Smith v. New York

Date Filed: 06/01/2021

Smith v. City of New York

Protecting Protestors From Police Violence

On June 1st, 2021, Andrew Smith – who is represented by LDF, Massena Law, P.C., The Vessup Law Firm, and the Initiative for a Just Society – sued the City of New York for race discrimination, police brutality, and violating his right to free speech. Mr. Smith, who is Black, was attacked by a New York Police Department (NYPD) officer during one of the 2020 racial justice protests around New York City. The officer confronted Mr. Smith, forcibly removed Mr. Smith’s mask – which he was wearing to protect himself and others from COVID-19 – and sprayed him in the face with pepper spray. The officer did not confront or forcibly remove the masks of white protesters near Mr. Smith. Video of Mr. Smith’s assault went viral.

The officer assaulted Mr. Smith, a young Black man, but chose not to assault nearby white protesters who, like Mr. Smith, were standing with their hands raised. In addition to causing Mr. Smith to suffer great physical pain and discomfort, this assault loomed large over his life for months as video of the assault went viral and officers wearing the same uniform as the NYPD officer patrolled Mr. Smith’s community in Brooklyn.

The NYPD has, for years, used unconstitutional, excessive force on peaceful protesters. The City of New York has long been aware of this pattern and practice, but has repeatedly failed to address it. NYPD continued to use violence with impunity throughout the historical summer of 2020. Images and videos of racial justice demonstrators beaten and bloodied at the hands of the NYPD flashed across television screens and spread through social media. Meanwhile, City officials openly applauded and praised the NYPD’s response to the racial justice protests. 

The complaint named the City, Mayor Bill De Blasio, the NYPD commissioner, and the police officer who attacked Mr. Smith.  It seeks damages and injunctive relief, and it alleges violations of the First, Fourth, and Fourteenth Amendments to the United States Constitution; New York’s constitution; and the City’s administrative code.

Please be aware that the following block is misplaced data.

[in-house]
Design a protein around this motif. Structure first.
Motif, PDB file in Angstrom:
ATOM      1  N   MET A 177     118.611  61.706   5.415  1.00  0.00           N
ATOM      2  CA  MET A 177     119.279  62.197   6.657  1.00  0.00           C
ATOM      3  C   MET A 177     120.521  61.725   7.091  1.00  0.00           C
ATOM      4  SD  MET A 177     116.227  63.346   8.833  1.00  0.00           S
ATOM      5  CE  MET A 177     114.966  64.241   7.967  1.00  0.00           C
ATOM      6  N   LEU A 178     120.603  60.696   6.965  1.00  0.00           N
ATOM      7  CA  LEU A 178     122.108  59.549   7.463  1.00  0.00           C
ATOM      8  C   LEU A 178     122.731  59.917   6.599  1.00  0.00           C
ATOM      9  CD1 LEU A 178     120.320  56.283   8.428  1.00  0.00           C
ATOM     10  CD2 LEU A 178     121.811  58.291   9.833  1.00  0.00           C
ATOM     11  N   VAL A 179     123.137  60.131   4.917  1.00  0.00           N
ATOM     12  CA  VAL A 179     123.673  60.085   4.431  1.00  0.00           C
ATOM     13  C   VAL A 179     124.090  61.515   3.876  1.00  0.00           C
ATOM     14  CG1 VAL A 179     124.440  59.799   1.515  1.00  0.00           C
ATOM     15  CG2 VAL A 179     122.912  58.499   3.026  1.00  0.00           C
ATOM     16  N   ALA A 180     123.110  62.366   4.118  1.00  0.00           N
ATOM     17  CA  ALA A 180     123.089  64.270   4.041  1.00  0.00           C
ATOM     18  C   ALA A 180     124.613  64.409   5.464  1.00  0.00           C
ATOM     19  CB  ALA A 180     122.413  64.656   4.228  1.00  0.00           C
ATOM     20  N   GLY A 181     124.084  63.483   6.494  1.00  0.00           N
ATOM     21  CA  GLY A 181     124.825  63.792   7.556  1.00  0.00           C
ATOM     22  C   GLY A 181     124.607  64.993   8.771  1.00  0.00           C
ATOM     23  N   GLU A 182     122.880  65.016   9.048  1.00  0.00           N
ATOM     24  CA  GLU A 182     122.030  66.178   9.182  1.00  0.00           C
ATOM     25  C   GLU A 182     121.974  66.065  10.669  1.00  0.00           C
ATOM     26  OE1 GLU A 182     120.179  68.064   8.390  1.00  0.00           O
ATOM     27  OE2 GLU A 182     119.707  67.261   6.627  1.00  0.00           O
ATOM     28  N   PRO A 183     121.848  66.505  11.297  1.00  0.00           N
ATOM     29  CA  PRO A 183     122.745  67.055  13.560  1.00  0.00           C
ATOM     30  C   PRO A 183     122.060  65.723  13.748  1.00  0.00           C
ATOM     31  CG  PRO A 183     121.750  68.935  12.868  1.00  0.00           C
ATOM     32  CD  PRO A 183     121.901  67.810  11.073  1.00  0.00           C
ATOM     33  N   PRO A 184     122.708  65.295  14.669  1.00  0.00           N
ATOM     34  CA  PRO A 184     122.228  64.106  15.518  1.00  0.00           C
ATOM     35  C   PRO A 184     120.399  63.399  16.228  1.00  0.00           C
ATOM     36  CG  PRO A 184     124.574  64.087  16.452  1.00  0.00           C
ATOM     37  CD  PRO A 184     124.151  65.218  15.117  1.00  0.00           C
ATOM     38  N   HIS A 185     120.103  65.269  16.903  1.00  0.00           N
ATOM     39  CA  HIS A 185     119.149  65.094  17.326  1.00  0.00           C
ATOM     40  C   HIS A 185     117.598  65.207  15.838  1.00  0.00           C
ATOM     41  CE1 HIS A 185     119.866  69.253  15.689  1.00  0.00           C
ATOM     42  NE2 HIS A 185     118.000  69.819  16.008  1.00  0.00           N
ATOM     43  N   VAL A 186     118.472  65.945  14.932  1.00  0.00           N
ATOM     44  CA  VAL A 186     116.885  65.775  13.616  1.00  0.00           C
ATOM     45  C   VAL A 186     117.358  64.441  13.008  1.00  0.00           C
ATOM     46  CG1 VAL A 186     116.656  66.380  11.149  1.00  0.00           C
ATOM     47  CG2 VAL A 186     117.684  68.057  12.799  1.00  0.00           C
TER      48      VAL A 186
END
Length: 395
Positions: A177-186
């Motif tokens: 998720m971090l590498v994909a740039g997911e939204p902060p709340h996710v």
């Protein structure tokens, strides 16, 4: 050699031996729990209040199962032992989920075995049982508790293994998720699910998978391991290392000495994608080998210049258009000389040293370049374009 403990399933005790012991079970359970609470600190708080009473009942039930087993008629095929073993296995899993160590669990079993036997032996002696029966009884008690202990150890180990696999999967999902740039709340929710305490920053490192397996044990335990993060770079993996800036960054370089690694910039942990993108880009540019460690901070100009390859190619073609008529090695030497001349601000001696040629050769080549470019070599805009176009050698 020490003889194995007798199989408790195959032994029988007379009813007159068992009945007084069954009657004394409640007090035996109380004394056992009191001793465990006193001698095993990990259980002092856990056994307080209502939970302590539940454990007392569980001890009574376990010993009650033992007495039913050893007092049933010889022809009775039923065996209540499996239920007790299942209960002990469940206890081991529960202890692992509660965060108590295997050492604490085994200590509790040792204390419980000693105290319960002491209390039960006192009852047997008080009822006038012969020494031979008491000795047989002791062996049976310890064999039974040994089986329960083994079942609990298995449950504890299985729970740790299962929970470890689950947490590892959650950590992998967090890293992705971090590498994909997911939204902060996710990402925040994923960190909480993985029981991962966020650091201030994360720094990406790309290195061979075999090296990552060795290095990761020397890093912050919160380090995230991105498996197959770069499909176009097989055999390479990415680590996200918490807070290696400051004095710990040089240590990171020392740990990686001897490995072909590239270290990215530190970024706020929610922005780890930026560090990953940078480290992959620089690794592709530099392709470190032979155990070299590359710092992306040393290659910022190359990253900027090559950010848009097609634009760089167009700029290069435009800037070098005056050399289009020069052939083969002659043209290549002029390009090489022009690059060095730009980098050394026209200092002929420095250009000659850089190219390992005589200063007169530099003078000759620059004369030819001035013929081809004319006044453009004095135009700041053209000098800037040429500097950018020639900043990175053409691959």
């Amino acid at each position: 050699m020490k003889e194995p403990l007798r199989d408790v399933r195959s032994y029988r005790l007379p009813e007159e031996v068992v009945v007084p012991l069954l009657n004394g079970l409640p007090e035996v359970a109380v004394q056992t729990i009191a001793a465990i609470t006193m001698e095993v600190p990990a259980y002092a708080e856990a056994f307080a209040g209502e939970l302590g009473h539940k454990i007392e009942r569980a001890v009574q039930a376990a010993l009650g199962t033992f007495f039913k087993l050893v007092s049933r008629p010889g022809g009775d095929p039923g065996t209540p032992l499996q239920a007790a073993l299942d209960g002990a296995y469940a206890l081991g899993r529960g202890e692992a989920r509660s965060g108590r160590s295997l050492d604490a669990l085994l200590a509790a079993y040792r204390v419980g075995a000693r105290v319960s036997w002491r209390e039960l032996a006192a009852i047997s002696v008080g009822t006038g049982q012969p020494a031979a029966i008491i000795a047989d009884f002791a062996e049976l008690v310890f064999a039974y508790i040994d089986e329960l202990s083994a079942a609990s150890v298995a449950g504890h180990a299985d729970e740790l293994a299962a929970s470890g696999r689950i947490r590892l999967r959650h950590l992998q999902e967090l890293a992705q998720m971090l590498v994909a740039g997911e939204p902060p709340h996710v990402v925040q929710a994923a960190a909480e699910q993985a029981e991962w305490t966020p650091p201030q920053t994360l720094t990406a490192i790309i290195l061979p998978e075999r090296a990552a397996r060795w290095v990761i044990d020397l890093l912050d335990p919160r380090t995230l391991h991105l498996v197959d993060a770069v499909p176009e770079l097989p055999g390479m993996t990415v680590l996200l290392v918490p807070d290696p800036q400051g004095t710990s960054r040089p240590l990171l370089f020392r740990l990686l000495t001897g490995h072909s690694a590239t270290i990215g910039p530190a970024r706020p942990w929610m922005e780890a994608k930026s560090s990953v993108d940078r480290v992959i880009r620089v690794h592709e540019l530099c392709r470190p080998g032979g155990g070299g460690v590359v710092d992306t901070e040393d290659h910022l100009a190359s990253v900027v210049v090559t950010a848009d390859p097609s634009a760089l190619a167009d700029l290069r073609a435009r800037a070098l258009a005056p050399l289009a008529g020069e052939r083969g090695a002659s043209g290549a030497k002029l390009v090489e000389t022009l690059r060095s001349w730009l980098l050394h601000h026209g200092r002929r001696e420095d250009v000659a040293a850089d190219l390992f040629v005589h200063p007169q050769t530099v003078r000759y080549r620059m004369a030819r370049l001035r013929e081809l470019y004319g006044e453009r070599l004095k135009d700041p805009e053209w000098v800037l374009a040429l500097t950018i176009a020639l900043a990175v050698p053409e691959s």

On March 11, 2024, LDF Massena Law, P.C., the Vessup Law Firm, and the Initiative for a Just Society reached a settlement of $212,500 in Smith v. City of New York.

For years, the NYPD and law enforcement agencies across the country have used excessive force on peaceful protestors as a tactic to quell constitutionally-protected activity. LDF’s Thurgood Marshall Institute recently issued a report documenting this disturbing pattern, finding that, during the summer of 2020, police responded more aggressively and violently at protests supporting racial justice and criticizing police violence. Specifically, police were 1.4 times as likely to make arrests and 3.8 times as likely to use pepper spray, tear gas, rubber bullets, and flash bangs at racial justice protests compared to non-racial justice protests.

TMI Research Brief

Police and Protests

The Inequity of Police Responses to Racial Justice Protests

During the summer of 2020, there were also thousands of public demonstrations about issues other than racial justice, such as protests related to COVID-19 pandemic measures, labor movements, LGBTQ rights, political candidates, support for white nationalism, and more. We found striking disparities in police responses to protests in the summer of 2020. At racial justice demonstrations, police were more likely to be present, more likely to have an escalated presence (i.e., riot police, state police, or national guard), and more likely to escalate their response to include arrests, projectiles, and chemical weapons, compared to similar demonstrations unrelated to racial justice.

LDF has filed a number of lawsuits in cities across the country on behalf of peaceful protesters who faced military-type force and intimidation while demonstrating against police violence.  Learn more each lawsuit and our efforts to protect protestors: